• Are the trends indicating an increase in use of long-term sick leave?
  • What strategies are in place to communicate with these employees and help them return to work?
Official languages
  • List of employees whose language test results have expired or will soon expire
  • Breakdown of English, French and bilingual positions
  • How will those employees with expired or soon-to-expire language levels be managed?
  • What gaps exist and what strategies are in place to address official language issues?
  • Could regions/services be impacted by potential changes?
Organizational charts
  • Organizational chart
  • List of all vacant positions and indication of whether or not they are funded
  • Is the information in the organizational chart current?
  • Are there vacant positions on the organizational chart and can they be deleted/abolished?
  • Are current reporting relationships reflected in the organizational chart?
  • Internal forecasted needs over the next one to two years
  • Are there opportunities to fill positions within your department with impacted employees?
  • Considering the availability of vacant positions and the staffing plans, what is the possibility that affected employees may receive a reasonable job offer from within your organization?
Regional demographics
  • Up-to-date information on places of work of employees
  • Are there other departments in your region that are impacted by workforce adjustment? How will that impact decision making concerning guaranteed reasonable job offers?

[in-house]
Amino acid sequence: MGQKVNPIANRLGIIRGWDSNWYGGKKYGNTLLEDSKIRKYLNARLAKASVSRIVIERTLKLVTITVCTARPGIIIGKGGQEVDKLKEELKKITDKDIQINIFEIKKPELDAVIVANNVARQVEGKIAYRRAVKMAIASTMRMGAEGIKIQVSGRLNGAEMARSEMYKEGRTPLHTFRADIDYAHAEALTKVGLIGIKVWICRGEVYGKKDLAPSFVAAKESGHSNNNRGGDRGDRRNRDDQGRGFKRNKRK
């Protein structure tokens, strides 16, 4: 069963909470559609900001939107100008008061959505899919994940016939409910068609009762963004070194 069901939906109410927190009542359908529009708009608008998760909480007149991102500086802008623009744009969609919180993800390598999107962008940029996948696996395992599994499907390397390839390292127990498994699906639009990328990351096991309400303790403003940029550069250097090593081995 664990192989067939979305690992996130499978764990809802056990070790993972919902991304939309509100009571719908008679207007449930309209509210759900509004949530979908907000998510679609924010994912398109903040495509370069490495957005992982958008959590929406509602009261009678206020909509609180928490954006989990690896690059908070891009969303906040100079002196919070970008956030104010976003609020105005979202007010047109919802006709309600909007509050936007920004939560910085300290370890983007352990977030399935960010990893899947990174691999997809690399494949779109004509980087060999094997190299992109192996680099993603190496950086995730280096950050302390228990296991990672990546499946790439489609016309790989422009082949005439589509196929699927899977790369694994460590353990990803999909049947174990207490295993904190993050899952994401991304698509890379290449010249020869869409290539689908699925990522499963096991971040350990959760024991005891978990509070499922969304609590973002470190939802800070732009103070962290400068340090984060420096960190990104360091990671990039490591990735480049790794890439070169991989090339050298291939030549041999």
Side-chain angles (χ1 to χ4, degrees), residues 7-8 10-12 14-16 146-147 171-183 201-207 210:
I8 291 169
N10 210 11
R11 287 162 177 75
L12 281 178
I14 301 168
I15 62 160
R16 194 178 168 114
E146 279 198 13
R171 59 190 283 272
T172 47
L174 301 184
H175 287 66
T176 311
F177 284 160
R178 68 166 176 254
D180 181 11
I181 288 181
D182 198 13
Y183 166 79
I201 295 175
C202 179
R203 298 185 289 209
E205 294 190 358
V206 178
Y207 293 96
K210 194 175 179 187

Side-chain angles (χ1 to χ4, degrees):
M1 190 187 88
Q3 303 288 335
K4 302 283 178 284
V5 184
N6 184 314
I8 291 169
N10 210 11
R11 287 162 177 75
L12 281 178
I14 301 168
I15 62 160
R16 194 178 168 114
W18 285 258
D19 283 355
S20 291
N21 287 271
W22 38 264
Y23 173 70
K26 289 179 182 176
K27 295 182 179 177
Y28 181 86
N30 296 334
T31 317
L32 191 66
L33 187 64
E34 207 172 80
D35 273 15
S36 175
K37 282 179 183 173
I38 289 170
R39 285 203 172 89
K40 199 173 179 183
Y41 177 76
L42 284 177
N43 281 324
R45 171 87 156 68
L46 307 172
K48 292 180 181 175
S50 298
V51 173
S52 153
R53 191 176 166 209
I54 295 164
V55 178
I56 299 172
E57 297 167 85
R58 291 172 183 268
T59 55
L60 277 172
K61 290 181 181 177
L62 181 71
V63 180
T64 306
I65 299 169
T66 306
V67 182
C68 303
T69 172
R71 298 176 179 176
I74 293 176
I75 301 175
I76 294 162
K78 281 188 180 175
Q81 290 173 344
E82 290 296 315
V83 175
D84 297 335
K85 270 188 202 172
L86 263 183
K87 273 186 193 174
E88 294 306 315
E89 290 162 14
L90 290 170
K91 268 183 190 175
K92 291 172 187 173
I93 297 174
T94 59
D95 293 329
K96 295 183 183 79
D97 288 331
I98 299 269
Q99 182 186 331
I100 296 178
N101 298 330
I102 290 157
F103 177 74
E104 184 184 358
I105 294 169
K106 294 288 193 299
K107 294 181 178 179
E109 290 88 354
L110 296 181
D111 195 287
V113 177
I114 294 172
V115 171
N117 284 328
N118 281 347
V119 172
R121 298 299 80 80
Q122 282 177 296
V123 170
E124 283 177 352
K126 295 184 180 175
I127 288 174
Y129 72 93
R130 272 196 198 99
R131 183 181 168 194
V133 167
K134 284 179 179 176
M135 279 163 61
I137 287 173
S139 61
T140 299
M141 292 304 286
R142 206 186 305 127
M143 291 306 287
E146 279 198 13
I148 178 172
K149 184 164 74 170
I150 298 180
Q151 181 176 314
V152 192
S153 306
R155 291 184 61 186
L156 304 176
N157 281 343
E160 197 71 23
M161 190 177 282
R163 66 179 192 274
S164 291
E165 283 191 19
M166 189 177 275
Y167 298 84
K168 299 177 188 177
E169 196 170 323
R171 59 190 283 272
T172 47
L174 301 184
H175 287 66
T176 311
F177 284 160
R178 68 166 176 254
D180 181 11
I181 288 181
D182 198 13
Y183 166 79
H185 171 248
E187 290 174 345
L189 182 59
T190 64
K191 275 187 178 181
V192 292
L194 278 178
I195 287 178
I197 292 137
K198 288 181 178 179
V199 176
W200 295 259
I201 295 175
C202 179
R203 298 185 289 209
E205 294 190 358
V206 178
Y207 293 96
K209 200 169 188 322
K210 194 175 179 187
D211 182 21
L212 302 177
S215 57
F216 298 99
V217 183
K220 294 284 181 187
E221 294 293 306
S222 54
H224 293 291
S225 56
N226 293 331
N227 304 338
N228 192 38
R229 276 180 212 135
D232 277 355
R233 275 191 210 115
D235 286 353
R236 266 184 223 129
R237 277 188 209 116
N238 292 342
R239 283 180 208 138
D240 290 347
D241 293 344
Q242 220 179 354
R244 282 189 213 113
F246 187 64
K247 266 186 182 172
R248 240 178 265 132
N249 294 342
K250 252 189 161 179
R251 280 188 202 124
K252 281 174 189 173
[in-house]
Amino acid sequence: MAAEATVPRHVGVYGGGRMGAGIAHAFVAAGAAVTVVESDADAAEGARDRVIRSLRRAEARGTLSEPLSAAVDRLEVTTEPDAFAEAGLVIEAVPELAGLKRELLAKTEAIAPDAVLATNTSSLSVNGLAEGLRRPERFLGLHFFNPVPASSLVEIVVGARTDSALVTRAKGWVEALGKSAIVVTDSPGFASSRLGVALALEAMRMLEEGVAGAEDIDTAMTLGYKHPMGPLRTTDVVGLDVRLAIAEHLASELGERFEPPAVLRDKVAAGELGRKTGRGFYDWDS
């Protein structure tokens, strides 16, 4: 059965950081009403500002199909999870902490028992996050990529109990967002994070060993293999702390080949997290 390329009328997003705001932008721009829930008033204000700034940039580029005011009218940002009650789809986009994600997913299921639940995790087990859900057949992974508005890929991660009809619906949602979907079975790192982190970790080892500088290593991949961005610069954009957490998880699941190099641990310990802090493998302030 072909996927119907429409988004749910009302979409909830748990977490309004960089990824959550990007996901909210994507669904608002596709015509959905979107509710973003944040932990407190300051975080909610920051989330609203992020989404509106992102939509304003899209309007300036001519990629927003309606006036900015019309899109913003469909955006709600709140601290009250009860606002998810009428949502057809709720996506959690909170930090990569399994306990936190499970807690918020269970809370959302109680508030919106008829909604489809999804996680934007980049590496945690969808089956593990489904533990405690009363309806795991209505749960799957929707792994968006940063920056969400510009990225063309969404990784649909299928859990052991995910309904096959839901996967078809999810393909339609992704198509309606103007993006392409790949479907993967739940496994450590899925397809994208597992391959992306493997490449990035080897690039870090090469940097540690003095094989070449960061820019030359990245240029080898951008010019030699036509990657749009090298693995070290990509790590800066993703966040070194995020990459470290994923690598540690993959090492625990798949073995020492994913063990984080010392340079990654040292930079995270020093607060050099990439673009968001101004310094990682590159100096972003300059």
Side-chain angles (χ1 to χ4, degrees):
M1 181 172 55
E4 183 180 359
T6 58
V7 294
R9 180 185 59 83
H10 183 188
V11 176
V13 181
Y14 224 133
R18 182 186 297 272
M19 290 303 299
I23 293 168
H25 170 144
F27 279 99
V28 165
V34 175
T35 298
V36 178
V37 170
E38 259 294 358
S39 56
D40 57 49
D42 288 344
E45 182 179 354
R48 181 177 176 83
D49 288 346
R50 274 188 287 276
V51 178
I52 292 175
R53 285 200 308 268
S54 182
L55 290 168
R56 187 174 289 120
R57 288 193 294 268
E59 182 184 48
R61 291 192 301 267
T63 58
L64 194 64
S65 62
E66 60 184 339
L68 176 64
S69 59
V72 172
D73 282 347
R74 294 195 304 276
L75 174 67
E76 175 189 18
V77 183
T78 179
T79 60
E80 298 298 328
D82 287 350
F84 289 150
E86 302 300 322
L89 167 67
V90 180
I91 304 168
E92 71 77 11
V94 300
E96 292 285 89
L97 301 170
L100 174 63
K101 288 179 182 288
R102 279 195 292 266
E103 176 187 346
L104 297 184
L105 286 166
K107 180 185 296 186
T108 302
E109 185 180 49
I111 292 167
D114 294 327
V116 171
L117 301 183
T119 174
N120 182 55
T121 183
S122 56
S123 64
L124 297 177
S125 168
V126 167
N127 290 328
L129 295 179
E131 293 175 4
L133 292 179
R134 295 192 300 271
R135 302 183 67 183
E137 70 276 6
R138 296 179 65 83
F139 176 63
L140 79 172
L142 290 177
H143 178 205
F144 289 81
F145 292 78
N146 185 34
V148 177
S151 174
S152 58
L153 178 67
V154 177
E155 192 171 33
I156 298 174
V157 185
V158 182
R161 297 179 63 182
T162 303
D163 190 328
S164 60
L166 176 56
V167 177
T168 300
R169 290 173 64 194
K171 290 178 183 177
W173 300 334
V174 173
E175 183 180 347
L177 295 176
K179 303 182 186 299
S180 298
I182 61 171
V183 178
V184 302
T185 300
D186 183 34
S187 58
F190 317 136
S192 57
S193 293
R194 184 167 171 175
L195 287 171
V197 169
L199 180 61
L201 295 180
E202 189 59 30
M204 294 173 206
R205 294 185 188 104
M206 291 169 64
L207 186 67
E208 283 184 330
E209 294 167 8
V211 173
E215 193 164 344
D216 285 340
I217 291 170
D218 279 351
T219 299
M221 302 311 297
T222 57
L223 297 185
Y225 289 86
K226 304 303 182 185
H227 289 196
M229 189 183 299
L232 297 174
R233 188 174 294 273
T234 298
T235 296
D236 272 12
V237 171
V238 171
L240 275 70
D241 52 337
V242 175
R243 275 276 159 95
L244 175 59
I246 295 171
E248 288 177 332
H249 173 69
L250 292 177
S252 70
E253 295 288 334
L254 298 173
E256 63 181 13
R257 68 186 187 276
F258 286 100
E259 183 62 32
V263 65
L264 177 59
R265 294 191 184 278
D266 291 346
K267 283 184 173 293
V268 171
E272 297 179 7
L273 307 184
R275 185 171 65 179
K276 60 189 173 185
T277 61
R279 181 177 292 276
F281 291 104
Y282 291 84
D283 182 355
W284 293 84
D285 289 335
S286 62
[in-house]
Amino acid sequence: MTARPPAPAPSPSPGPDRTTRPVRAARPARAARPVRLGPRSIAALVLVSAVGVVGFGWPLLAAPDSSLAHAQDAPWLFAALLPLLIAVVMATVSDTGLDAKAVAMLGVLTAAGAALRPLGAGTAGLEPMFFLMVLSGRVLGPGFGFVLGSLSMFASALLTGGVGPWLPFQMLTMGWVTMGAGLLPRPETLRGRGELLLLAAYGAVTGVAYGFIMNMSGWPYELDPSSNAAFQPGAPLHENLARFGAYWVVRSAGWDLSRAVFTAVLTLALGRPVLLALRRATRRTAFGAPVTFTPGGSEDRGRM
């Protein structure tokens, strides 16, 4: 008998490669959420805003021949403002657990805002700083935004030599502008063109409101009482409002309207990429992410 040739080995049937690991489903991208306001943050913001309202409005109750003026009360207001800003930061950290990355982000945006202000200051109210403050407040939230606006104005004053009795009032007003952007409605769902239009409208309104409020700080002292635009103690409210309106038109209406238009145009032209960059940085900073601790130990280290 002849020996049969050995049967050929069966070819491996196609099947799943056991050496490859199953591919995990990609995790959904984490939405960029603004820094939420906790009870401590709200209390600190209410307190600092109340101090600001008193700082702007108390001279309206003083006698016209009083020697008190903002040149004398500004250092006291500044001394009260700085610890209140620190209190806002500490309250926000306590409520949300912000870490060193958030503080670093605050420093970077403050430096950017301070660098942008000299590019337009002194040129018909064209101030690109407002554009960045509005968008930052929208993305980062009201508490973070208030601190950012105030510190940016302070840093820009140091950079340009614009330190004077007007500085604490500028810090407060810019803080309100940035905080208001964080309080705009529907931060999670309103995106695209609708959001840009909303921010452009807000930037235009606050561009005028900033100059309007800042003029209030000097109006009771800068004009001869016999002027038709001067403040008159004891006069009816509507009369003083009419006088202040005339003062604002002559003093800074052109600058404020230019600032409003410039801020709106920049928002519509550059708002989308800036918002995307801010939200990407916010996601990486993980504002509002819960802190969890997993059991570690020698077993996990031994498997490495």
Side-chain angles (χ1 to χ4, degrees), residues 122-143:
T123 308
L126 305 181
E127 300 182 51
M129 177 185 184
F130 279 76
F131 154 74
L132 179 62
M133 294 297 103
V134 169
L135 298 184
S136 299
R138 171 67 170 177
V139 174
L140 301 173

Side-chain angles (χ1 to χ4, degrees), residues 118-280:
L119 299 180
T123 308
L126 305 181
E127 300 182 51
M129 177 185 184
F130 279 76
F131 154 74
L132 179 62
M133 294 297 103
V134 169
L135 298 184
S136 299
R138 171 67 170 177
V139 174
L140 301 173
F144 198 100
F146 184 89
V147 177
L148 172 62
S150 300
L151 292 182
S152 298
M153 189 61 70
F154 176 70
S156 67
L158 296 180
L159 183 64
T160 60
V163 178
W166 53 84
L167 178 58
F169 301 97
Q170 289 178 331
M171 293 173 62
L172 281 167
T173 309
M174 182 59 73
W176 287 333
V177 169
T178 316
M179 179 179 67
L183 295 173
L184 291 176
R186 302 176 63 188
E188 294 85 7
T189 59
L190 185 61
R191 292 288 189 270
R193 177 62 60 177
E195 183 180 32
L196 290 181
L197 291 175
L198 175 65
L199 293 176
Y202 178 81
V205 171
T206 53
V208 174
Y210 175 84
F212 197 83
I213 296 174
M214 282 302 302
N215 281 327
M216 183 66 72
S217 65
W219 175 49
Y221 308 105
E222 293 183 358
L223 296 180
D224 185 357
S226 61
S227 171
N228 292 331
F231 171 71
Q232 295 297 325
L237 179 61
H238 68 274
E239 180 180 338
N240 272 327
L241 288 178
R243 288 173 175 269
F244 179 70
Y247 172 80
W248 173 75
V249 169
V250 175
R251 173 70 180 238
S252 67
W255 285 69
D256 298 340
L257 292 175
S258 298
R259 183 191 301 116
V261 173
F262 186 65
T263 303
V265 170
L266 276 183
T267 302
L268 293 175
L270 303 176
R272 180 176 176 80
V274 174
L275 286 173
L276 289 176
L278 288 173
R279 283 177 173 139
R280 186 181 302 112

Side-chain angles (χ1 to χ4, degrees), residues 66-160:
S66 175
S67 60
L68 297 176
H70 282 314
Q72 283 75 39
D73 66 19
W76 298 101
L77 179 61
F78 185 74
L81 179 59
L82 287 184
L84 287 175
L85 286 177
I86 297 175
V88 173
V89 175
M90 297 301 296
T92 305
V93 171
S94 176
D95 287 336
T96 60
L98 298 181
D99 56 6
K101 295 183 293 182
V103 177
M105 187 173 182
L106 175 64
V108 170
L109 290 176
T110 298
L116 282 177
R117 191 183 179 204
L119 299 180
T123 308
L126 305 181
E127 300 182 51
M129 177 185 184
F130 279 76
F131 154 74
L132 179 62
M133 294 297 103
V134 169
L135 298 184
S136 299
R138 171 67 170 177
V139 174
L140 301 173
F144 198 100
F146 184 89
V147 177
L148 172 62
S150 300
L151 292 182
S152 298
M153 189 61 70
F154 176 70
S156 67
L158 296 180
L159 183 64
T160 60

• Trends and forecasts (per group, level, region)
  • Employees eligible to retire (without penalty / with an unreduced pension) within one year, two years, five years
  • Trends of how long groups and levels remain after employees are eligible to retire
  • What are the employee’s intentions?
  • What parts of your business/organization will be impacted by retirements? For example, certain business units or groups such as managers.
  • What skill sets/corporate knowledge may be lost due to retirements?
    • What options are available to transfer knowledge (technology, succession planning, learning, etc.)?
  • How will your retirement trends impact your attrition rates?
  • Departmental staffing plans
  • Data from the Priority Administration System
  • What are the opportunities to absorb affected employees within your organization?
  • What are the opportunities to absorb affected employees within the Public Service?

Students and casuals

  • Number
  • Casuals – group and level
  • What proportion of your population is made up of students and casuals?
  • Length
  • Type of jobs
  • Do you have an appropriate balance of term versus indeterminate employees* —need flexibility to absorb reductions
  • Do you want to allow your terms to rollover at three-year mark—need flexibility to absorb reductions

Now What

  • Attrition management - mechanism to manage filling vacant positions – e.g. committee to ensure absorption of affected and surplus staff, minimize indeterminate hiring and ensure bilingual capacity is retained
  • Ensure human resources advisors have up-to-date information and are well informed on related policies and guidelines
  • Ensure that managers keep this information updated